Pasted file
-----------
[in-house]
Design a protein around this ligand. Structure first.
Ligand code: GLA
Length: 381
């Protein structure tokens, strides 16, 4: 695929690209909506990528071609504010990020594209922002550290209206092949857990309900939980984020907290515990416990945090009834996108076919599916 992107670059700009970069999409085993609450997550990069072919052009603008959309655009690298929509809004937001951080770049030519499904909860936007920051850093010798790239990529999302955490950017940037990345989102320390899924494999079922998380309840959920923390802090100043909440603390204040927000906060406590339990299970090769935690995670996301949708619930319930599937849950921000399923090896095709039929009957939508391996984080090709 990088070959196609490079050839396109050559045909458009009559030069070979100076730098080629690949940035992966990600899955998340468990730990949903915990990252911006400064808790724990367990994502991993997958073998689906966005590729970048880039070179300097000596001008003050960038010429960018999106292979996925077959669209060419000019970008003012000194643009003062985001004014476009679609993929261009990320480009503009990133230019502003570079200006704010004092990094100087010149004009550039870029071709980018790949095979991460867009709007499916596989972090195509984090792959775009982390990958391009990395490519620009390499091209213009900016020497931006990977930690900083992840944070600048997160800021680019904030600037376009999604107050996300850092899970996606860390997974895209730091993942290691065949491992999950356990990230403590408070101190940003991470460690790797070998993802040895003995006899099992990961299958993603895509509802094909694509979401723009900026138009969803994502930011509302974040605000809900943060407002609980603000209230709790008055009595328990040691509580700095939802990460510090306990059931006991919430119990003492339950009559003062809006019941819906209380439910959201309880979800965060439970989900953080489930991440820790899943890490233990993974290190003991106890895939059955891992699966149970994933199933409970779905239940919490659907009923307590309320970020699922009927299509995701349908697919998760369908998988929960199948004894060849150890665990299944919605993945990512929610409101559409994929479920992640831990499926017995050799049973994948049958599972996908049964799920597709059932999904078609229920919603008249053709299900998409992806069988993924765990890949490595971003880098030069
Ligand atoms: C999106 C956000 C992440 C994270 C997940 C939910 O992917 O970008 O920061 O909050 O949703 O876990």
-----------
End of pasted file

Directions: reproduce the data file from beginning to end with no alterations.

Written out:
[in-house]
Design a protein around this ligand. Structure first.
Ligand code: GLA
Length: 381
């Protein structure tokens, strides 16, 4: 695929690209909506990528071609504010990020594209922002550290209206092949857990309900939980984020907290515990416990945090009834996108076919599916 992107670059700009970069999409085993609450997550990069072919052009603008959309655009690298929509809004937001951080770049030519499904909860936007920051850093010798790239990529999302955490950017940037990345989102320390899924494999079922998380309840959920923390802090100043909440603390204040927000906060406590339990299970090769935690995670996301949708619930319930599937849950921000399923090896095709039929009957939508391996984080090709 990088070959196609490079050839396109050559045909458009009559030069070979100076730098080629690949940035992966990600899955998340468990730990949903915990990252911006400064808790724990367990994502991993997958073998689906966005590729970048880039070179300097000596001008003050960038010429960018999106292979996925077959669209060419000019970008003012000194643009003062985001004014476009679609993929261009990320480009503009990133230019502003570079200006704010004092990094100087010149004009550039870029071709980018790949095979991460867009709007499916596989972090195509984090792959775009982390990958391009990395490519620009390499091209213009900016020497931006990977930690900083992840944070600048997160800021680019904030600037376009999604107050996300850092899970996606860390997974895209730091993942290691065949491992999950356990990230403590408070101190940003991470460690790797070998993802040895003995006899099992990961299958993603895509509802094909694509979401723009900026138009969803994502930011509302974040605000809900943060407002609980603000209230709790008055009595328990040691509580700095939802990460510090306990059931006991919430119990003492339950009559003062809006019941819906209380439910959201309880979800965060439970989900953080489930991440820790899943890490233990993974290190003991106890895939059955891992699966149970994933199933409970779905239940919490659907009923307590309320970020699922009927299509995701349908697919998760369908998988929960199948004894060849150890665990299944919605993945990512929610409101559409994929479920992640831990499926017995050799049973994948049958599972996908049964799920597709059932999904078609229920919603008249053709299900998409992806069988993924765990890949490595971003880098030069
Ligand atoms: C999106 C956000 C992440 C994270 C997940 C939910 O992917 O970008 O920061 O909050 O949703 O876990």